On this recent trip to Japan, I saw every shihan take a long time to read, re-read, practice, and then go back and re-read each kata before it was shown (unless recently practiced) Many started to show their kata, and then had to go back to make sure they had it right! Did it matter - no! The kata were used as jumping off points for the rest of the class.

A collection of Kata is a good thing to have, but only if you use it. A full set of tools does no good for a craftsman unless he makes something with them! If you think the secrets of the Bujinkan are written down, you are sorely wrong!


Along this line... can anyone remember ALL the Katas there are in ALL the Ryûs we have to study and train in?

Surely not...

And, I remember seeing this "checking the notes" done on every trip I've been to Japan, almost by all the teachers I've trained under...

Posted on: 2007/8/7 17:49
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Ari Julku
Shidōshi
Bujinkan Ōari Dōjō
(Bujinkan Budōka since 1985)
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Re: The "kata collector" label
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2003/2/19 2:23
From Memphis, TN - USA
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I used to be into collecting kata. It was FUN. Way better than baseball cards or stamps.

There are not many kinds of collecting that involve punching, kicking, and tossing people around.

But I got over it.

Posted on: 2007/8/7 18:23
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Re: The "kata collector" label
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2005/9/29 16:19
From Austin,TX
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I read something that someone posted recently somewhere on one of these kata threads, and I've been thinking about it.....here's what I think about kata:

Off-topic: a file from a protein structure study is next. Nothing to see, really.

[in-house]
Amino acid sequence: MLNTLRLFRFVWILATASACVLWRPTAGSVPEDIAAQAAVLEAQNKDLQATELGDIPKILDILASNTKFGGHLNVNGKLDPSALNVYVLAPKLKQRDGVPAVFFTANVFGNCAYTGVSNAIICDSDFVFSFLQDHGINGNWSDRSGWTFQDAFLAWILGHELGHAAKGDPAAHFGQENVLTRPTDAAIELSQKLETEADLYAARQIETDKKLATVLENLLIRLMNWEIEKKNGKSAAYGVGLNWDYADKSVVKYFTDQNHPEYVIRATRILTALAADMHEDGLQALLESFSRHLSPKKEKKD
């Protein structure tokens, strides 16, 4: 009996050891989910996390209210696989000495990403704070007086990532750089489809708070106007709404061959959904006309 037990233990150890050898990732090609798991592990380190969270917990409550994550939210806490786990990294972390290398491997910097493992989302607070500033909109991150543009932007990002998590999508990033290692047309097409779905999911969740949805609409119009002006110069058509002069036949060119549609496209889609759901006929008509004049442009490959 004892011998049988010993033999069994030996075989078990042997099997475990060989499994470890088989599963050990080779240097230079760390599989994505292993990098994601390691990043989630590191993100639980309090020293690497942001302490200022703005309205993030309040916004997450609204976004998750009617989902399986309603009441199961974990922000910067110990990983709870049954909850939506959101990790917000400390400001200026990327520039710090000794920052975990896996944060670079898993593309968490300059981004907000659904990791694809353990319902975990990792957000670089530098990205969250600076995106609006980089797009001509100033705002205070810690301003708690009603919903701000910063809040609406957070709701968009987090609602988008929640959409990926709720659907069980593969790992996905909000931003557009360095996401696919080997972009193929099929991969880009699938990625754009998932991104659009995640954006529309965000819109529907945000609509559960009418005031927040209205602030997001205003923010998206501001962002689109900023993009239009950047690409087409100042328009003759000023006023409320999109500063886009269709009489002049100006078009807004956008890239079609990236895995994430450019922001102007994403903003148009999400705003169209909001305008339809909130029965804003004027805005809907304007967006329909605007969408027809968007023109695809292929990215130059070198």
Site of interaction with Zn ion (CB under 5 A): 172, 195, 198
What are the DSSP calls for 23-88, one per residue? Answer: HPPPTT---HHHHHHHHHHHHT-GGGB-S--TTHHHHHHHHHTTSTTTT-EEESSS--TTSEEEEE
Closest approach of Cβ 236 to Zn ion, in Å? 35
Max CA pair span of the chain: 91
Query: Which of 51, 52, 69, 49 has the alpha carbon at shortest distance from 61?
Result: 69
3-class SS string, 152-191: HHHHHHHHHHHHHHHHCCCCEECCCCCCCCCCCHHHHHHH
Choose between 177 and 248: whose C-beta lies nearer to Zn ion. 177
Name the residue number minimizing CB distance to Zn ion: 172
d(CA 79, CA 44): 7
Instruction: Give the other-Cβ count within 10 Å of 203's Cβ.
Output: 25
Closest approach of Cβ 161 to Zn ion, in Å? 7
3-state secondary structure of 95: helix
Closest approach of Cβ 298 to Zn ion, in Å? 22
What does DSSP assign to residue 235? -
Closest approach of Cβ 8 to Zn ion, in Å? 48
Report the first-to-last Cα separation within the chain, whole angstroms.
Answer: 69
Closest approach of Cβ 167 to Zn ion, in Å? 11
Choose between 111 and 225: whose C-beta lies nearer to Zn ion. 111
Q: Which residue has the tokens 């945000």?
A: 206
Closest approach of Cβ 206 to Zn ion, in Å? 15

Having a pre-conceived notion of how to deal with an attack(kata), is best described as the worst way of dealing with a situation. This pre-conceived notion is only the starting point to improve from, not towards, under the direction of a master. One should arrive at the kata naturally and logically, not by trying to force oneself into it. Once unnecessary pre-conceptions are removed, there are no gaps, and as such there are no counters. At this leg of the journey, there is no kata.

Posted on: 2007/8/8 4:28
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......Samuel Zavaletta

Please be careful not to have preconceptions, and to always remember the idea of truth-and-falsehood.
-- Hatsum
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Re: The "kata collector" label
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From JAPAN
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This kata problem was already mentioned and discussed by many samurai in Edo period. Everybody reached to same answer.

There are some their English translated books about it.

Find it and read it first !

Masanori Harada

Posted on: 2007/8/11 12:48
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Re: The "kata collector" label
Permanent Village Fixture
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2005/9/29 16:19
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Mr. Harada, would you mind throwing a few names out? I'm not aware of any philosophical texts dealing specifically with the idea of kata.

Incidentally, are the only ones from Edo period, or are there some from the earlier Sengokou Jidai and Kamakura?

Thanks in advance.

Posted on: 2007/8/11 23:44
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......Samuel Zavaletta

Please be careful not to have preconceptions, and to always remember the idea of truth-and-falsehood.
-- Hatsum